Handle dynamic URLs with the Dispatcher

In some cases, you will need more control over URLs formats than what we introduced in the Add a new page guide. For instance, you may prefer to have /my-product instead of /product/my-product-slug for SEO reasons.

That is what Front-Commerce’s Dispatcher is responsible for, and what we will cover in this documentation.

What is the goal of the Dispatcher?

The dispatcher is actually a component within Front-Commerce that will be displayed in case no other route was found. Its goal will be to ask the server (by using the route root query in your GraphQL Schema) what kind of page is associated with the current URL and will display the page’s component accordingly.

Below is a flowchart illustrating the URL resolution logic:

Diagram explaining how an URL is displayed

If you come from a Magento background, this is the concept behind URL Rewrites.

In Front-Commerce’s core integrations (such as Magento2), the association between a URL and a page is already implemented for entities like Products, Categories, CMS pages… But depending on your own site, you might need to add new ones.

To do so, you will need to proceed in two steps:

  • Register a new urlMatcher
  • Add GraphQL type to the dispatcher query
  • Add the mapping between the type returned by route and the page component that should be displayed

Register a new urlMatcher

Magento: If the url you are trying to add are managed by Magento, you don’t need any of this. You should instead add an url rewrite directly in your backend, since the mechanism already exists in the Magento module of Front-Commerce.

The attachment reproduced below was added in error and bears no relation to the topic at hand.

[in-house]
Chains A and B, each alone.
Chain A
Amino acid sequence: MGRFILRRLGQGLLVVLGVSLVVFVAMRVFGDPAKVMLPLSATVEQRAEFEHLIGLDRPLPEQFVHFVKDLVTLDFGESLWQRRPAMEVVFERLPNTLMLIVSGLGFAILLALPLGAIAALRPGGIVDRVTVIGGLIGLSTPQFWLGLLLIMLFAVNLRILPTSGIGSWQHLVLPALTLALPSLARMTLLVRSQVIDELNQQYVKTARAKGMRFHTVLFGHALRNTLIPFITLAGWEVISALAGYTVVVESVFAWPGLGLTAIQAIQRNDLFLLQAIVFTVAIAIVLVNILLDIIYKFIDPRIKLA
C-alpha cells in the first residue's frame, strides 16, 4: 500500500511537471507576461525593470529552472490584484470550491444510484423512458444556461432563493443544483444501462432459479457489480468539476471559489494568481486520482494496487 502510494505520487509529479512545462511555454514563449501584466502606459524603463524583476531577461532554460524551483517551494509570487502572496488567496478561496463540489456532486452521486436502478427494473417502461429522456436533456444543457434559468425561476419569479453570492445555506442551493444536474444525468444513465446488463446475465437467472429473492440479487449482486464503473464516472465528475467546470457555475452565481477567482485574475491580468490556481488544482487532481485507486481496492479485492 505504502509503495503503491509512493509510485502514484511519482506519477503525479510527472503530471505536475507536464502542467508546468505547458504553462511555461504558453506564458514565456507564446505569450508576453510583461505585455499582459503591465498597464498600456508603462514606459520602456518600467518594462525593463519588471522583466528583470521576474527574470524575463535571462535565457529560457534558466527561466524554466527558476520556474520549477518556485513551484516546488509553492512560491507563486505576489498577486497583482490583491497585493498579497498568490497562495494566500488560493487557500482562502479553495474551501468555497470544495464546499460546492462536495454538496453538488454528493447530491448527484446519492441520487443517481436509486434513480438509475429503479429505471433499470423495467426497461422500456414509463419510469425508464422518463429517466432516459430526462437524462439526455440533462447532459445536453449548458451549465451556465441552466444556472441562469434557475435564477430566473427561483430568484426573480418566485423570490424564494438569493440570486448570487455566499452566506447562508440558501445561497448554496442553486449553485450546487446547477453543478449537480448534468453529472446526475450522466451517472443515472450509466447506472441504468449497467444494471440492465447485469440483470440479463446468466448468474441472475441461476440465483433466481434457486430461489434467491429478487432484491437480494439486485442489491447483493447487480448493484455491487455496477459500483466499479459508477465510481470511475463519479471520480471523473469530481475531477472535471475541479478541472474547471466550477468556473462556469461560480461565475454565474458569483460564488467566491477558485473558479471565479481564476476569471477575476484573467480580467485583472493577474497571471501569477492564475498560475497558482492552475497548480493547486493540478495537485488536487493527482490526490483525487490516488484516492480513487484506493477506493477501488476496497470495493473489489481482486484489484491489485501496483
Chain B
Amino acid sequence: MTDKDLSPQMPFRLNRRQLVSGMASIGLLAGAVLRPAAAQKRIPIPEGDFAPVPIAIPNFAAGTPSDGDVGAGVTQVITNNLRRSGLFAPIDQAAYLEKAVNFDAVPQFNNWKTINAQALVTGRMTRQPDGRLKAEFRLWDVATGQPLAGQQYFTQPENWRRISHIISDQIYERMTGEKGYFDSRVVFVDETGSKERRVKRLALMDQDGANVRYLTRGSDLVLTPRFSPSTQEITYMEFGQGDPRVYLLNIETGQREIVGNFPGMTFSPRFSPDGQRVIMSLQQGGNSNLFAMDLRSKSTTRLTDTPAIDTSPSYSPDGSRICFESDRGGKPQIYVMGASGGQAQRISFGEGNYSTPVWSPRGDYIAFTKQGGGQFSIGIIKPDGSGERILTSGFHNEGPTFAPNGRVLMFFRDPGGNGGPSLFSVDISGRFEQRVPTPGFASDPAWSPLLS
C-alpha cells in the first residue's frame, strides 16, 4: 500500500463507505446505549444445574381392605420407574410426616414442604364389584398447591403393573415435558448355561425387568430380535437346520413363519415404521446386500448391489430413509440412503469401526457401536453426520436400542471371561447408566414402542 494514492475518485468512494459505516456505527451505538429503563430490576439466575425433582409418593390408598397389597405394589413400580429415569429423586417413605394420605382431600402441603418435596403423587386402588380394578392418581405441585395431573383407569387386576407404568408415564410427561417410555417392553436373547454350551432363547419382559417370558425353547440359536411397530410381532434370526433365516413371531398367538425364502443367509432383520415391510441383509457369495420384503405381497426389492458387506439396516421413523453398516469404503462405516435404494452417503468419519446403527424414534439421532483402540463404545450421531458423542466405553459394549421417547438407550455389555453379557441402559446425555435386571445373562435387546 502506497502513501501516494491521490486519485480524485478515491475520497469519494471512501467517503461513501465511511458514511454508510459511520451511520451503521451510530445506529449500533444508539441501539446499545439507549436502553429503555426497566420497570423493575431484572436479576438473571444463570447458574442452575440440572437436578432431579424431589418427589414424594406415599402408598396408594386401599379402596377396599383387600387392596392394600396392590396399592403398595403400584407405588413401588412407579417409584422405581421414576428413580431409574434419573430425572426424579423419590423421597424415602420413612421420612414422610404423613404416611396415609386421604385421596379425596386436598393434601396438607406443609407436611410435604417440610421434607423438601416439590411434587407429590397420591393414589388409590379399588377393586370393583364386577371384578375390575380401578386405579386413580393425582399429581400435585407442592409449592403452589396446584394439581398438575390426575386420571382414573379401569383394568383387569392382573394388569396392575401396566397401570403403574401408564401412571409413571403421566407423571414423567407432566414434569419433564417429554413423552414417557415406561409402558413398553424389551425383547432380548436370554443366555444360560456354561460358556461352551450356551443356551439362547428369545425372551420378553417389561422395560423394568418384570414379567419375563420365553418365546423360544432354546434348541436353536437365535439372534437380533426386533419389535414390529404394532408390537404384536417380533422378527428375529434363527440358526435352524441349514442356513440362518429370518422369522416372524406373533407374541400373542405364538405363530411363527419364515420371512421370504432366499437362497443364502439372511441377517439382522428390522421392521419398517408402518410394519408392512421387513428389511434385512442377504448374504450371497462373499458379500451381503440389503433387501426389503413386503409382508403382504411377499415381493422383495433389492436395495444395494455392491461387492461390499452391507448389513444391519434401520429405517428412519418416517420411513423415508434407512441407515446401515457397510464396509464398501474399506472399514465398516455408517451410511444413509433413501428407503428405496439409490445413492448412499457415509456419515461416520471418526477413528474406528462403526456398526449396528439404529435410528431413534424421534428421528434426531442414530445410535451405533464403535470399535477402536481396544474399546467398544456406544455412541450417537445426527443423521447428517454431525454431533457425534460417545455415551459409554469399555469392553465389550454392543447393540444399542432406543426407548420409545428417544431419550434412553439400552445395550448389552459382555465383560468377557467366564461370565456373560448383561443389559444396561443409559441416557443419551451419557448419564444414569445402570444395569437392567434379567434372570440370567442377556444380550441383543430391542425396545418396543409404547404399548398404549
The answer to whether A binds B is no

To add a new urlMatcher to a module you need to register FrontCommerce/Core as a module dependecy and then use registerUrlMatcher to add a custom urlMatcher:

import typeDefs from "./schema.gql";
+import myCustomUrlMatcher from './urlMatcher.js';
import MyCustomLoader from './loader.js';
import { makeUserClientFromRequest } from "server/modules/magento2/core/factories";

const moduleDefinition = {
  namespace: "MyCustomModule",
-  dependencies: [],
+  dependencies: ["Front-Commerce/Core"],
  typeDefs,
  contextEnhancer: ({ req, loaders }) => {
    const axiosInstance = makeUserClientFromRequest(req);
    const CustomLoader = MyCustomLoader(axiosInstance);
+    loaders.Page.registerUrlMatcher(myCustomUrlMatcher(CustomLoader));
    return {
      MyCustomLoader: CustomLoader
    };
  },
};

export default moduleDefinition;
// urlMatcher.js
const myCustomUrlMatcher = (loader) => async (url, match) => {
  if (match.__typename) {
    // a match have been already loaded (you can still override it or return it as is like we do here)
    return match;
  }
  const myMatch = await loader.loadByUrl(url);
  if (!myMatch) {
    return match; // return original match if none is found (this is needed!)
  }
  return {
    // return your custom routable entity
    path: myMatch.canonical_url || url, // depending on your use case can be same as url
    url,
    __typename: "MyCustomType", // the GraphQL type of your custom type (should be added in schema.gql),
    ...myMatch, // or some adaptation of it. this will be available to your component defined bellow on a prop called `matched`
  };
};

export default myCustomUrlMatcher;
# schema.gql
MyCustomType implements Routable {
  path: String! # needed for Routable
  title: String! # example field
  ... # define own schema
}
// loader.js
const MyCustomLoader = (axiosInstance) => {
  return {
    loadByUrl: (url) => {
      return (
        // example: get data by issuing an external api call